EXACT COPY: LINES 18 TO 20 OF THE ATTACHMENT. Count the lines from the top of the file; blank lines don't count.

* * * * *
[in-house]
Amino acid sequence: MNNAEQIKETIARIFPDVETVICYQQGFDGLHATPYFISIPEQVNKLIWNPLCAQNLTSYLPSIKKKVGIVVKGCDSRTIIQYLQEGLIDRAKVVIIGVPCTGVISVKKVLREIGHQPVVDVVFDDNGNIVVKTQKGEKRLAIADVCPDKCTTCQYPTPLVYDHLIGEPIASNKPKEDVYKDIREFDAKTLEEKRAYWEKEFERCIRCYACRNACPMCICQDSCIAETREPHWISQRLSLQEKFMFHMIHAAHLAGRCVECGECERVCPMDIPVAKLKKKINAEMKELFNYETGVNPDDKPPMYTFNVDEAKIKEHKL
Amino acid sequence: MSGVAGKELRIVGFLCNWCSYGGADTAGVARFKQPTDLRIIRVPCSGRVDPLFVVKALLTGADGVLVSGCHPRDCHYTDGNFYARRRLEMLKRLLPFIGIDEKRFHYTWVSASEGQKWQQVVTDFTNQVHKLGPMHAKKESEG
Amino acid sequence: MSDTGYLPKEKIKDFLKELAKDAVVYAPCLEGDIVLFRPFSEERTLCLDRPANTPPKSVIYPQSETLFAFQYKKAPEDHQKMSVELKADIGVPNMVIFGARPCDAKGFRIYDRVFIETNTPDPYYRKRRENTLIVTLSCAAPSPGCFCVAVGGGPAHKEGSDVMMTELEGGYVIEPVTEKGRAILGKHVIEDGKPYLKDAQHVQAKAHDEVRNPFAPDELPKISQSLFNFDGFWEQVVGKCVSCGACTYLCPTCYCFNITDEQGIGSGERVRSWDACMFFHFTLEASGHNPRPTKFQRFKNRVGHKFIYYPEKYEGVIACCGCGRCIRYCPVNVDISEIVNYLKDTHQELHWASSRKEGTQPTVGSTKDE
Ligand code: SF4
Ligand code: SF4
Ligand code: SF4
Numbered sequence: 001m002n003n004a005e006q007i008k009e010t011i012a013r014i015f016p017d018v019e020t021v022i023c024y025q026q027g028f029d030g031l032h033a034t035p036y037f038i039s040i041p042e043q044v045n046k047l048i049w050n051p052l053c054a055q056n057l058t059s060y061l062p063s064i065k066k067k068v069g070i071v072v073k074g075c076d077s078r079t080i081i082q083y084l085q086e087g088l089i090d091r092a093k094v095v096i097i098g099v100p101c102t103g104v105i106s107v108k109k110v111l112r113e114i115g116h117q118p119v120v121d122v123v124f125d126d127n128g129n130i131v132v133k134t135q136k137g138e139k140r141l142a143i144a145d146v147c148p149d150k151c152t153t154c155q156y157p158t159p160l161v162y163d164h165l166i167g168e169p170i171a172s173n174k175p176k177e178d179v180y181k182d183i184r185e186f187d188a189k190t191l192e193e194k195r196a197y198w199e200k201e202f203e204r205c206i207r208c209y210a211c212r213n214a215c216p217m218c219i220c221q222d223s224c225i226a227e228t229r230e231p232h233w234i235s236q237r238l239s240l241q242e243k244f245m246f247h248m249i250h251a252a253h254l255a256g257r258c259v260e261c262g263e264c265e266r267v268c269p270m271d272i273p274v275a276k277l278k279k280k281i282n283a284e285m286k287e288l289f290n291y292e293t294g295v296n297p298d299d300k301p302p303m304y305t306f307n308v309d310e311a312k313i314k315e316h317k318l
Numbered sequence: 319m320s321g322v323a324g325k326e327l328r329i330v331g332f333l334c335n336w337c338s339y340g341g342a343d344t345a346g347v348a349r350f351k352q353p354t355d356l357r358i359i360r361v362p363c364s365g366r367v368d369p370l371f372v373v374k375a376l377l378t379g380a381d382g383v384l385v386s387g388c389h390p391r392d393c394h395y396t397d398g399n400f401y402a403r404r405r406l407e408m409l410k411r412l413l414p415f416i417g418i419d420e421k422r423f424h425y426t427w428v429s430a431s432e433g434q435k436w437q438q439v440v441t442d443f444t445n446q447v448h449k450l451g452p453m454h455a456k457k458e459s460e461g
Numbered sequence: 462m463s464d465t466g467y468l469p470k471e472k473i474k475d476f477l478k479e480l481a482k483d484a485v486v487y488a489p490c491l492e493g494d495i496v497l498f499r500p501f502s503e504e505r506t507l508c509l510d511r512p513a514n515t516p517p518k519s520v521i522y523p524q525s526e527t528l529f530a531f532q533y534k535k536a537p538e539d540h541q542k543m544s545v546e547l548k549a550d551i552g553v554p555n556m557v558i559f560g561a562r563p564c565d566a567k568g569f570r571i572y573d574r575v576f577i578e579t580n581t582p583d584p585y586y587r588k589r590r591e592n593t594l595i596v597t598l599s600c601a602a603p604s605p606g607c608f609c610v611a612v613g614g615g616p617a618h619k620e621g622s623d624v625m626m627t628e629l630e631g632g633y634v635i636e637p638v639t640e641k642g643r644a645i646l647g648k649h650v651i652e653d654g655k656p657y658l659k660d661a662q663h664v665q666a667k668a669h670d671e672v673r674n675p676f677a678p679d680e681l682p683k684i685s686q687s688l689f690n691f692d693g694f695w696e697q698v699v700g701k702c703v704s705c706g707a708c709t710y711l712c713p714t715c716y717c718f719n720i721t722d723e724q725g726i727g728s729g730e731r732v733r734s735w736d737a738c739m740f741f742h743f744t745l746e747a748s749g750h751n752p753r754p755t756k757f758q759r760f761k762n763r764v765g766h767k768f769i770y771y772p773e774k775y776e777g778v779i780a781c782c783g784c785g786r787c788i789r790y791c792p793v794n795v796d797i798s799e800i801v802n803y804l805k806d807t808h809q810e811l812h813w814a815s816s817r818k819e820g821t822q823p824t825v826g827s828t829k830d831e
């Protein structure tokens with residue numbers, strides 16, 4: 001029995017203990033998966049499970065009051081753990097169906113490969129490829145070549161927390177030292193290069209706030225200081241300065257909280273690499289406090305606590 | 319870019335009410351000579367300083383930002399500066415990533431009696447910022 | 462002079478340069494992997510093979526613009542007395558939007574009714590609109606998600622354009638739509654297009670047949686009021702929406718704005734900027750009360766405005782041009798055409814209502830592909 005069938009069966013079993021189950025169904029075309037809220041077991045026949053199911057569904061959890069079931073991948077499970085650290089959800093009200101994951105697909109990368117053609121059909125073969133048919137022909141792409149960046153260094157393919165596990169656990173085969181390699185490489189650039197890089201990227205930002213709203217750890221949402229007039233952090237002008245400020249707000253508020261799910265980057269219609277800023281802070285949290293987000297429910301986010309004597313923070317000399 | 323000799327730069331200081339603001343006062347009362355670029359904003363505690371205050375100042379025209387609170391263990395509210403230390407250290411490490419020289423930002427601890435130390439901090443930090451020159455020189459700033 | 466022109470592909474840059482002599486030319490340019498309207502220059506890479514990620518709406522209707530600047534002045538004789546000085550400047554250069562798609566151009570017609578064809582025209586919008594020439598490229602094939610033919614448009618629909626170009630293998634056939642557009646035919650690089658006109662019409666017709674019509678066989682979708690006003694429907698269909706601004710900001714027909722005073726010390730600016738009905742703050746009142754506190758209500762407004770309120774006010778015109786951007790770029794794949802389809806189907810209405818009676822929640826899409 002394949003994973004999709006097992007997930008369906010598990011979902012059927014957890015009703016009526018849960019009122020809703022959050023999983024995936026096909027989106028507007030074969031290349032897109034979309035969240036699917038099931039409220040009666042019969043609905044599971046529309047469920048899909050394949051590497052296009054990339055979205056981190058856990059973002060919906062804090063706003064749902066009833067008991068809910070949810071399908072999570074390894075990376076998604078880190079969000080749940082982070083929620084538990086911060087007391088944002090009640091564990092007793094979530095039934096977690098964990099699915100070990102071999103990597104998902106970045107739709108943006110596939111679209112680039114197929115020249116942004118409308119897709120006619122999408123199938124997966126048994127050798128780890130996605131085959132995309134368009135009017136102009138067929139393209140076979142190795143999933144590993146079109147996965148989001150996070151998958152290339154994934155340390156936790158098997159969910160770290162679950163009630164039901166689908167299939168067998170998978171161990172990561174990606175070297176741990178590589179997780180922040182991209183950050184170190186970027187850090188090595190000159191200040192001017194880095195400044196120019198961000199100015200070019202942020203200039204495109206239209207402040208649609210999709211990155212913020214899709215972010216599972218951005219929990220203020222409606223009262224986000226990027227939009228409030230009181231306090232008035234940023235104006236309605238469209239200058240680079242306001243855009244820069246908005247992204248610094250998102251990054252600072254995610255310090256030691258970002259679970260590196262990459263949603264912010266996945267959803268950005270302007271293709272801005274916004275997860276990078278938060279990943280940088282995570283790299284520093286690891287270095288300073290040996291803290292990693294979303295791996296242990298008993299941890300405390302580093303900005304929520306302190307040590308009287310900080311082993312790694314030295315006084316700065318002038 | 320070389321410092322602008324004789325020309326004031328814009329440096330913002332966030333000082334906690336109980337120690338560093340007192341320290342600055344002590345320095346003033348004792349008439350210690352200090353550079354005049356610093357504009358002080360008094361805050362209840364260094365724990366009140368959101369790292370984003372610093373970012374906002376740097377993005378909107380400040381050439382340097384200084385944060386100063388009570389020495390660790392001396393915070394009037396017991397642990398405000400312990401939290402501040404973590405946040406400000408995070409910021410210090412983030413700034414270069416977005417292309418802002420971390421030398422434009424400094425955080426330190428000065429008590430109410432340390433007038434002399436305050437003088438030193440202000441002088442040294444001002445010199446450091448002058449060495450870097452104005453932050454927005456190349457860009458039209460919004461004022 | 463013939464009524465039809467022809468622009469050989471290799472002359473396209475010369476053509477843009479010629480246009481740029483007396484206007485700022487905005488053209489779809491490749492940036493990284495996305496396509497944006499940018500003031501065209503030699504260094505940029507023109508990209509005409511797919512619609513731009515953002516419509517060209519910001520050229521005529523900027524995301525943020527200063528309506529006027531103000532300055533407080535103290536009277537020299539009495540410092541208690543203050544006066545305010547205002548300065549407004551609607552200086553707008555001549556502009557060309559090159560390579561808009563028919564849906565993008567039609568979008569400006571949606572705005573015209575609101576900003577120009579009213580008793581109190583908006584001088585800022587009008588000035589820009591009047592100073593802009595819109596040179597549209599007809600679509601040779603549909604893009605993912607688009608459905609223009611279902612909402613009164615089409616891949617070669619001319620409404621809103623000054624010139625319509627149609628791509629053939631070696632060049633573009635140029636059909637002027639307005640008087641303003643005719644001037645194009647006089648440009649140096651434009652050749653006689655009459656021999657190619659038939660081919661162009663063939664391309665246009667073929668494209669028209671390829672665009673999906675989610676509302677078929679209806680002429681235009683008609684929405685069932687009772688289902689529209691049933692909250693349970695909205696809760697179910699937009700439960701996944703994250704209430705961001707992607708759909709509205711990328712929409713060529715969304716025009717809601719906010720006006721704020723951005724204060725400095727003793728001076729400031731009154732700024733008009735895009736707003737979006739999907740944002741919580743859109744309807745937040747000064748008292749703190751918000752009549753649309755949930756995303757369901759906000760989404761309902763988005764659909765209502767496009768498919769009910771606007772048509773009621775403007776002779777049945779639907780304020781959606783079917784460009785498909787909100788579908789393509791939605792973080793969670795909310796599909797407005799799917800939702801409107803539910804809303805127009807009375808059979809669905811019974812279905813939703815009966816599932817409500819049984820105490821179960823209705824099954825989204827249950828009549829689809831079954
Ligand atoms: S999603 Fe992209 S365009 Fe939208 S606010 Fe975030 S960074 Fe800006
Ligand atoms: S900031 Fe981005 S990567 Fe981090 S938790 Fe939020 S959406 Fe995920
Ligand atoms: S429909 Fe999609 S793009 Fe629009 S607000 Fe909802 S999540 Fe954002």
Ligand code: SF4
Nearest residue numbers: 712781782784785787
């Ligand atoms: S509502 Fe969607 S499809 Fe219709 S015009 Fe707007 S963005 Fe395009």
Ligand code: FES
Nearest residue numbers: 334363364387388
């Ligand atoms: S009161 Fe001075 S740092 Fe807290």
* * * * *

Ligand code: FES
Nearest residue numbers: 334363364387388
């Ligand atoms: S009161 Fe001075 S740092 Fe807290």